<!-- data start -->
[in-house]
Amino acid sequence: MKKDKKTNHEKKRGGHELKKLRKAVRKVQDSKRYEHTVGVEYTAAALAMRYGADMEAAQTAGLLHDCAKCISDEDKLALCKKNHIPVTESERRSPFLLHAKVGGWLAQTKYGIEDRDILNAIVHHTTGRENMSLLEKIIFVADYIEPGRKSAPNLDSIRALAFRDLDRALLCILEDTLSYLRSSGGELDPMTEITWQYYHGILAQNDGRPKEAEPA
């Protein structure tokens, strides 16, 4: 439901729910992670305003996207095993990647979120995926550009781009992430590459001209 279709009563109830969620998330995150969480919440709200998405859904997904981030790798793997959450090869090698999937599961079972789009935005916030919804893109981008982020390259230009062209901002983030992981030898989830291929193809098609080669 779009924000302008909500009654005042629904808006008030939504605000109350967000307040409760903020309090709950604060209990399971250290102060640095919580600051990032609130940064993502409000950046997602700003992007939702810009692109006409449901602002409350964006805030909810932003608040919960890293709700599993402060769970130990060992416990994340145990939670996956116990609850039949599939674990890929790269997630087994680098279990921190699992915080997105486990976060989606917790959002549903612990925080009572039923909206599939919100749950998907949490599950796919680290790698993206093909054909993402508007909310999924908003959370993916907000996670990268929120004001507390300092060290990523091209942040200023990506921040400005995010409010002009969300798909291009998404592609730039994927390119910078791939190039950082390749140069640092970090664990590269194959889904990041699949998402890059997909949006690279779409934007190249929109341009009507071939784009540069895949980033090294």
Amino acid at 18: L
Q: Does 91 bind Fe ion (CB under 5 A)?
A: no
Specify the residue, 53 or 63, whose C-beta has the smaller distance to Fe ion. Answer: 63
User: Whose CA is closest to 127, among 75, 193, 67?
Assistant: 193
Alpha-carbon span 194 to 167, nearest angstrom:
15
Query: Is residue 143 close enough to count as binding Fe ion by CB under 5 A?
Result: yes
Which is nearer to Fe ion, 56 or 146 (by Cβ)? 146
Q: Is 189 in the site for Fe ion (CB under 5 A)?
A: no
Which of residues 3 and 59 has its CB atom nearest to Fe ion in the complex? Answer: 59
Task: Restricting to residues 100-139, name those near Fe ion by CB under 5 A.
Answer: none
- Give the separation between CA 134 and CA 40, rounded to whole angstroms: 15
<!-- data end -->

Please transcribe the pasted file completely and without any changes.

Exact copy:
[in-house]
Amino acid sequence: MKKDKKTNHEKKRGGHELKKLRKAVRKVQDSKRYEHTVGVEYTAAALAMRYGADMEAAQTAGLLHDCAKCISDEDKLALCKKNHIPVTESERRSPFLLHAKVGGWLAQTKYGIEDRDILNAIVHHTTGRENMSLLEKIIFVADYIEPGRKSAPNLDSIRALAFRDLDRALLCILEDTLSYLRSSGGELDPMTEITWQYYHGILAQNDGRPKEAEPA
């Protein structure tokens, strides 16, 4: 439901729910992670305003996207095993990647979120995926550009781009992430590459001209 279709009563109830969620998330995150969480919440709200998405859904997904981030790798793997959450090869090698999937599961079972789009935005916030919804893109981008982020390259230009062209901002983030992981030898989830291929193809098609080669 779009924000302008909500009654005042629904808006008030939504605000109350967000307040409760903020309090709950604060209990399971250290102060640095919580600051990032609130940064993502409000950046997602700003992007939702810009692109006409449901602002409350964006805030909810932003608040919960890293709700599993402060769970130990060992416990994340145990939670996956116990609850039949599939674990890929790269997630087994680098279990921190699992915080997105486990976060989606917790959002549903612990925080009572039923909206599939919100749950998907949490599950796919680290790698993206093909054909993402508007909310999924908003959370993916907000996670990268929120004001507390300092060290990523091209942040200023990506921040400005995010409010002009969300798909291009998404592609730039994927390119910078791939190039950082390749140069640092970090664990590269194959889904990041699949998402890059997909949006690279779409934007190249929109341009009507071939784009540069895949980033090294």
Amino acid at 18: L
Q: Does 91 bind Fe ion (CB under 5 A)?
A: no
Specify the residue, 53 or 63, whose C-beta has the smaller distance to Fe ion. Answer: 63
User: Whose CA is closest to 127, among 75, 193, 67?
Assistant: 193
Alpha-carbon span 194 to 167, nearest angstrom:
15
Query: Is residue 143 close enough to count as binding Fe ion by CB under 5 A?
Result: yes
Which is nearer to Fe ion, 56 or 146 (by Cβ)? 146
Q: Is 189 in the site for Fe ion (CB under 5 A)?
A: no
Which of residues 3 and 59 has its CB atom nearest to Fe ion in the complex? Answer: 59
Task: Restricting to residues 100-139, name those near Fe ion by CB under 5 A.
Answer: none
- Give the separation between CA 134 and CA 40, rounded to whole angstroms: 15